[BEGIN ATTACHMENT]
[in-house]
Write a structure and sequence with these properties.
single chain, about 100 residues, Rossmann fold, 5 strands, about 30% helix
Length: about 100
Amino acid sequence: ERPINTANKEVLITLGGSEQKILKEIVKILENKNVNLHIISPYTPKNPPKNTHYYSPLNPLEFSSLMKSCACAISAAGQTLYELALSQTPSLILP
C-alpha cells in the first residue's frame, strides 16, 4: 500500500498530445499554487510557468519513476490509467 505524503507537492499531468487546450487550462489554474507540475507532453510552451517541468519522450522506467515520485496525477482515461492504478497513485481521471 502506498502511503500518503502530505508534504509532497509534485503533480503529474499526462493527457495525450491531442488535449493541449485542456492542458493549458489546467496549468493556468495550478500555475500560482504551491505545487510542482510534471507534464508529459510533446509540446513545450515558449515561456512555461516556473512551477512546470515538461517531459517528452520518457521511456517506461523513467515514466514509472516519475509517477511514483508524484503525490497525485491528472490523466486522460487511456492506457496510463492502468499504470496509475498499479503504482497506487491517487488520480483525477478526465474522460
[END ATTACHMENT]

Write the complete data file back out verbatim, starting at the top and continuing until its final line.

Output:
[in-house]
Write a structure and sequence with these properties.
single chain, about 100 residues, Rossmann fold, 5 strands, about 30% helix
Length: about 100
Amino acid sequence: ERPINTANKEVLITLGGSEQKILKEIVKILENKNVNLHIISPYTPKNPPKNTHYYSPLNPLEFSSLMKSCACAISAAGQTLYELALSQTPSLILP
C-alpha cells in the first residue's frame, strides 16, 4: 500500500498530445499554487510557468519513476490509467 505524503507537492499531468487546450487550462489554474507540475507532453510552451517541468519522450522506467515520485496525477482515461492504478497513485481521471 502506498502511503500518503502530505508534504509532497509534485503533480503529474499526462493527457495525450491531442488535449493541449485542456492542458493549458489546467496549468493556468495550478500555475500560482504551491505545487510542482510534471507534464508529459510533446509540446513545450515558449515561456512555461516556473512551477512546470515538461517531459517528452520518457521511456517506461523513467515514466514509472516519475509517477511514483508524484503525490497525485491528472490523466486522460487511456492506457496510463492502468499504470496509475498499479503504482497506487491517487488520480483525477478526465474522460